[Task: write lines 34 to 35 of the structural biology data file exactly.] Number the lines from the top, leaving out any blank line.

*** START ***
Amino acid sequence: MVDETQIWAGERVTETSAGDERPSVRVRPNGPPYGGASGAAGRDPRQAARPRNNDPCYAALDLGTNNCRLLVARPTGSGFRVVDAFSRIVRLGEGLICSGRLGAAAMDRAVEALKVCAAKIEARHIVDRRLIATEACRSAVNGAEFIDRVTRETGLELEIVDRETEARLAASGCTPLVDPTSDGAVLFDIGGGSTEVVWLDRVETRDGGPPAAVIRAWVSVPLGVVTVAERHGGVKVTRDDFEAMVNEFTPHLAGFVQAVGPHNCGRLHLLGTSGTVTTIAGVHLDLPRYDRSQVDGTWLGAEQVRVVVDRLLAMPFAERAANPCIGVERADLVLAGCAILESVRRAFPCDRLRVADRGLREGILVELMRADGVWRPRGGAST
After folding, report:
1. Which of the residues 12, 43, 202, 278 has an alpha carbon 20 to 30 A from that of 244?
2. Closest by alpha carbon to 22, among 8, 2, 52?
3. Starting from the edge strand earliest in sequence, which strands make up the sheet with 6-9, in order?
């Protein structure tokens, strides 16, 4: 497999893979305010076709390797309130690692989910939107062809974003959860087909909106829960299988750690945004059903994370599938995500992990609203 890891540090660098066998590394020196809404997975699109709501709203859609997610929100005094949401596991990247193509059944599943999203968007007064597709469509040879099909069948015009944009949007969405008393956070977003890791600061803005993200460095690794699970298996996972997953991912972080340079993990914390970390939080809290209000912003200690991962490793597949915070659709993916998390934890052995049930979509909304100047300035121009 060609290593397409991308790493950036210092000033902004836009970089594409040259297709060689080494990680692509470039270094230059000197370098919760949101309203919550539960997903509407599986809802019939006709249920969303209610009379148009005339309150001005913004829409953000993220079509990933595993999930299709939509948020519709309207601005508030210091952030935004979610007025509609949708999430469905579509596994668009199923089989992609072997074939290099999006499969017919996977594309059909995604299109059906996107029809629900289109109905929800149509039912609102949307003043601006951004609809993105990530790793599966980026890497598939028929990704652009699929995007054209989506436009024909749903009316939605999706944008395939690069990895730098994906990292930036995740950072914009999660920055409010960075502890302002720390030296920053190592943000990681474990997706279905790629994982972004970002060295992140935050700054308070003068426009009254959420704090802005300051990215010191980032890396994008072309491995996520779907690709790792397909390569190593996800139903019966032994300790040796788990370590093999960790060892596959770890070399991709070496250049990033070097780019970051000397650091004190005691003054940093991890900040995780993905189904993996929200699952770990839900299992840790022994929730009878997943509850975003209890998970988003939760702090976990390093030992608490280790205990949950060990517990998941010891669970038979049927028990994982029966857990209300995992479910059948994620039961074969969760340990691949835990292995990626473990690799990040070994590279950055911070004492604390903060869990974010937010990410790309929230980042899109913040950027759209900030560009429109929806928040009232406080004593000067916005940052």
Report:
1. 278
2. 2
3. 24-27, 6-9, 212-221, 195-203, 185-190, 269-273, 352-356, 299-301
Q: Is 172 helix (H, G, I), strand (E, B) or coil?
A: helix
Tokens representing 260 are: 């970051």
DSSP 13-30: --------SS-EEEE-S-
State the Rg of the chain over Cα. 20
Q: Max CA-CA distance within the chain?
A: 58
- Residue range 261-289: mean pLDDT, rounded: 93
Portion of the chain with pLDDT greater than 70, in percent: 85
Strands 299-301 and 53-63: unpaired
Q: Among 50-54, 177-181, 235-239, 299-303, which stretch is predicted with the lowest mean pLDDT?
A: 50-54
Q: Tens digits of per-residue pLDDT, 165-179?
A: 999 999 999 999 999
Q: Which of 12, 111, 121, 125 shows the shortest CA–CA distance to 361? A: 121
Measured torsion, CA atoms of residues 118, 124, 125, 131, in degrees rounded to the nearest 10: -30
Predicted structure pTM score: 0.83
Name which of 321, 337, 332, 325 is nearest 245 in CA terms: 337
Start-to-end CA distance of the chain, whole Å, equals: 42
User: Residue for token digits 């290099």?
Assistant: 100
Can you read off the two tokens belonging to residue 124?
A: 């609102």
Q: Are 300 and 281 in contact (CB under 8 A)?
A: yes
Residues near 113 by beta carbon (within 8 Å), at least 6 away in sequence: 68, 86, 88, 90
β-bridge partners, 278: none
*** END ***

Q: Are 300 and 281 in contact (CB under 8 A)?
A: yes